An Ontario Appeal judge has upheld an employer's conviction
under the Occupational Health and Safety Act for
failure to "block" a machine, after the trial justice
held that "blocking" required a physical block, not
simply shutting off the hydraulic power.
The Ontario Ministry of Labour had charged the company with
failing to ensure that a "part of a machine, transmission
machinery, device or thing shall be cleaned, oiled, adjusted,
repaired or have maintenance work performed on it only when . .
. any part that has been stopped and that may subsequently
move and endanger a worker has been blocked to prevent its
movement", contrary to section 75(b) of the
Industrial Establishments regulation under the OHSA.
A maintenance worker with the company, which operated a sawmill,
suffered crushing injuries to his arm as he reached in between the
"side heads" of a saw while performing maintenance.
Another employee, not knowing that the maintenance worker had
gone into the area between the side heads, had used the control box
for the machine to close the side heads.
The machine had been shut down for maintenance and its
electrical system had been locked out. However, the
maintenance worker left the hydraulics on, which was required in
order to move the side heads for maintenance.
The appeal court held that the trial justice had not erred in
deciding that "blocking" required a physical block be
used to restrain movement of the side heads. It was
reasonable to interpret "blocking" to require that a
physical block, a "large solid piece of hard material" be
The conviction was therefore upheld. The appeal judge also held
that the $48,000 fine was reasonable, despite the fact that the
company had only 25 workers and no previous convictions under the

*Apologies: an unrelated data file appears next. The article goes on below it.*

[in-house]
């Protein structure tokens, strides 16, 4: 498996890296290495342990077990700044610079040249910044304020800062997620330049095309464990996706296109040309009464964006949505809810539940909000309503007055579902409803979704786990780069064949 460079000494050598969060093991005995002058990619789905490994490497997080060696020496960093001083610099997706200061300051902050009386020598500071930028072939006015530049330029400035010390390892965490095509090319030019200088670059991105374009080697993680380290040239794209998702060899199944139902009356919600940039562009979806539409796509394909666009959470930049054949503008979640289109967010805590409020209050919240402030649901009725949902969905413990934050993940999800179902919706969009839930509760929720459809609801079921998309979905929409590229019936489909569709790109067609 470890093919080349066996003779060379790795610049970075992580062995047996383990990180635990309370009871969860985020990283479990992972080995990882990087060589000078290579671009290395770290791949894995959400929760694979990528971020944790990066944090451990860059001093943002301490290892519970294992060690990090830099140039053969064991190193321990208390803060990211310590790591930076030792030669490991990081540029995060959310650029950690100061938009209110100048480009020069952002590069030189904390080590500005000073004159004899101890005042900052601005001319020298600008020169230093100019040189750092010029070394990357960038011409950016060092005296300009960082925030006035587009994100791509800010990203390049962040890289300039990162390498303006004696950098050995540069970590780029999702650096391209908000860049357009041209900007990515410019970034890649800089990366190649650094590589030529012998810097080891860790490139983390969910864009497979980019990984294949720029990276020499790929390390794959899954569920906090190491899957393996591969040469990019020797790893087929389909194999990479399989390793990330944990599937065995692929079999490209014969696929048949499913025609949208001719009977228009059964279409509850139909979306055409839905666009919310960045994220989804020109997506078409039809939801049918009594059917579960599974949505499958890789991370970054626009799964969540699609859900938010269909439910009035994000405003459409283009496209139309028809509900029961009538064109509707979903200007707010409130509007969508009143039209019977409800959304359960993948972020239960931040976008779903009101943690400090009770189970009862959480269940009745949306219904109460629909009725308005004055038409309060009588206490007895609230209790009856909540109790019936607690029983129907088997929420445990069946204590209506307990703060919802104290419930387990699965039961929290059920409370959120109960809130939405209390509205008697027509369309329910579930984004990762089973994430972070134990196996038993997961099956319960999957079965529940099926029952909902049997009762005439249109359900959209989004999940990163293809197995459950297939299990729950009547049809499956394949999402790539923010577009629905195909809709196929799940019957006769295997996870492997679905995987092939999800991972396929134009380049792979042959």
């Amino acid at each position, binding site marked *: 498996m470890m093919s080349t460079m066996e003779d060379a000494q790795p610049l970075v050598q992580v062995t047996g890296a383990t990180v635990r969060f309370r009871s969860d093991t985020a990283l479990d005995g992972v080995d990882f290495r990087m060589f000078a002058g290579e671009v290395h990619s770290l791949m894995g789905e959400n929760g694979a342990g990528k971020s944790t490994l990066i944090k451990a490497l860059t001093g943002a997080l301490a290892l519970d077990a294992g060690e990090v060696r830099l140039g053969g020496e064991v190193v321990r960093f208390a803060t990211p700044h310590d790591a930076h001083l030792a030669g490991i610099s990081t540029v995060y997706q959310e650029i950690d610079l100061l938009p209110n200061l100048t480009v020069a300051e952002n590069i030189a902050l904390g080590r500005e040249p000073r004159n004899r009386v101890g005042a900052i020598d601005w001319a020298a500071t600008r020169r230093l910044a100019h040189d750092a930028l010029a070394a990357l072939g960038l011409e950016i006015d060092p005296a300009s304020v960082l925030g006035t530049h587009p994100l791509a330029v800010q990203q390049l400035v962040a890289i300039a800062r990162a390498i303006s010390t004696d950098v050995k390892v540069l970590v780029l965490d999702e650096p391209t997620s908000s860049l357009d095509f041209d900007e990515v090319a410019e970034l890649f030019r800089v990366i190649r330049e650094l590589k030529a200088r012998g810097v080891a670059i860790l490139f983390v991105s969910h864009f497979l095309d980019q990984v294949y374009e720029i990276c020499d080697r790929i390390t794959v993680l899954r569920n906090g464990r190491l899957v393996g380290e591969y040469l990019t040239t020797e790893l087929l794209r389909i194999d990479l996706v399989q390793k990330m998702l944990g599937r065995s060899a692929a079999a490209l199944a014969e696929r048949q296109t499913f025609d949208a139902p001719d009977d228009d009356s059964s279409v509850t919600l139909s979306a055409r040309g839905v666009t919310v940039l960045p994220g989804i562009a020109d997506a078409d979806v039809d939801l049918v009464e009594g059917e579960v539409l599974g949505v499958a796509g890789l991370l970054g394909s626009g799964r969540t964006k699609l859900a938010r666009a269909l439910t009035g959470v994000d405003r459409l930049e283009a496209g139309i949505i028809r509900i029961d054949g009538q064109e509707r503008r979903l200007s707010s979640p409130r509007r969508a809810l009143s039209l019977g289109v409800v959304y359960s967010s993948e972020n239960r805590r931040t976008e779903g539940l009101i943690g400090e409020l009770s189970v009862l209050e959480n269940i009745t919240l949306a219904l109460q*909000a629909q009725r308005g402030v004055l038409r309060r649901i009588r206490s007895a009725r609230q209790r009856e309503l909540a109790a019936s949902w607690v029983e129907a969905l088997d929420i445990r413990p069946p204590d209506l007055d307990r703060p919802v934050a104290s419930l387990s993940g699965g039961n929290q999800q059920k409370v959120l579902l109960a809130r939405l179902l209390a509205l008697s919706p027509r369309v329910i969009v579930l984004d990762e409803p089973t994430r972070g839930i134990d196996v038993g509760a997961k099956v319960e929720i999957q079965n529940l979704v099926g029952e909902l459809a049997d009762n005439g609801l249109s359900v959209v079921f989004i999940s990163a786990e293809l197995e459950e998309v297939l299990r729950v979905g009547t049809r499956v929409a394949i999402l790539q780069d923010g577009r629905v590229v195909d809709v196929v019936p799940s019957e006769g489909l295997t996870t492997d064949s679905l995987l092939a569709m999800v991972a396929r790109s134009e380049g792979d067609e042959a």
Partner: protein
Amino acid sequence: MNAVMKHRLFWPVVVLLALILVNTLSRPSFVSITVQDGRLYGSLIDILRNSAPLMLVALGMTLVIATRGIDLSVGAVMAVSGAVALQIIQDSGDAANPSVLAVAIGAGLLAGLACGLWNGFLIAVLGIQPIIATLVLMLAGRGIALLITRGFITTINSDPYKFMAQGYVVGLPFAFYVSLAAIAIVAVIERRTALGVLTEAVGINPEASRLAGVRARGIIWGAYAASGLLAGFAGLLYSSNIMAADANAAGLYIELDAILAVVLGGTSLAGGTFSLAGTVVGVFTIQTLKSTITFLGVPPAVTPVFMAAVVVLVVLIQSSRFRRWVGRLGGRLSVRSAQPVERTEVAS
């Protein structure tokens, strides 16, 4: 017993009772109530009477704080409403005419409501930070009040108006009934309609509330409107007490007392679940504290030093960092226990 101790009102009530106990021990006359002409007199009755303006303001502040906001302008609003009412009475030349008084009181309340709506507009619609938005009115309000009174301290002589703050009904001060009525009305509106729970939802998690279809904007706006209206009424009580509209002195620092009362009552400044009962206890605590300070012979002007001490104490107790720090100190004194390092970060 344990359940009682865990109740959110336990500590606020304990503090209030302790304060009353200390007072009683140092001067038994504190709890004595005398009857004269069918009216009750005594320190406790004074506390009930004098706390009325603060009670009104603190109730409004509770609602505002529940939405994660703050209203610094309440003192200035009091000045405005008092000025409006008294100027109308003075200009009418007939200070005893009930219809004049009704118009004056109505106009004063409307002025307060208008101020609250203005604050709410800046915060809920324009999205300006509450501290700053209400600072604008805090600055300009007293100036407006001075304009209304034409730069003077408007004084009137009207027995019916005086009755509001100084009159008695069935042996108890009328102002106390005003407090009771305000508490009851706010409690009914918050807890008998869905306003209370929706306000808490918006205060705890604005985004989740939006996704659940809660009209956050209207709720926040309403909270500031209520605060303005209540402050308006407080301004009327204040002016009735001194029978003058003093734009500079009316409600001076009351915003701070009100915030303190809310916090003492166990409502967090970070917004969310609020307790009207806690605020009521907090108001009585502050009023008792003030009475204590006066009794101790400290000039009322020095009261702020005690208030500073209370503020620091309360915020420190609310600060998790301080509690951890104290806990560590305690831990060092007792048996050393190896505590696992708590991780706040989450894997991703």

Dentons is the world's first polycentric global law firm. A
top 20 firm on the Acritas 2015 Global Elite Brand Index, the Firm
is committed to challenging the status quo in delivering consistent
and uncompromising quality and value in new and inventive ways.
Driven to provide clients a competitive edge, and connected to the
communities where its clients want to do business, Dentons knows
that understanding local cultures is crucial to successfully
completing a deal, resolving a dispute or solving a business
challenge. Now the world's largest law firm, Dentons'
global team builds agile, tailored solutions to meet the local,
national and global needs of private and public clients of any size
in more than 125 locations serving 50-plus countries.
The content of this article is intended to provide a general
guide to the subject matter. Specialist advice should be sought
about your specific circumstances. Specific Questions relating to
this article should be addressed directly to the author.
To print this article, all you need is to be registered on Mondaq.com.
Click to Login as an existing user or Register so you can print this article.
On Thursday, September 22, 2016, Dentons hosted a panel discussion about the management of liabilities and risks associated with environmental crises, including potential liabilities for directors and officers and provided insight into risk and liability techniques associated with environmental crisis management.
Unfortunately, reasonable accommodation for employees in the workplace continues to be the source of significant litigation and even today we continue to see outrageous examples of employers behaving badly.
We are now beginning to see reported cases involving charges and subsequent fines laid against employers for failing to provide information, instruction and supervision to protect a worker from workplace violence.
On October 13, 2016, the Supreme Court of Canada denied leave to appeal an Ontario Court of Appeal decision which ordered an employer to pay a former employee 37 months of salary and benefits following termination.
Register for Access and our Free Biweekly Alert for
This service is completely free. Access 250,000 archived articles from 100+ countries and get a personalised email twice a week covering developments (and yes, our lawyers like to think you’ve read our Disclaimer).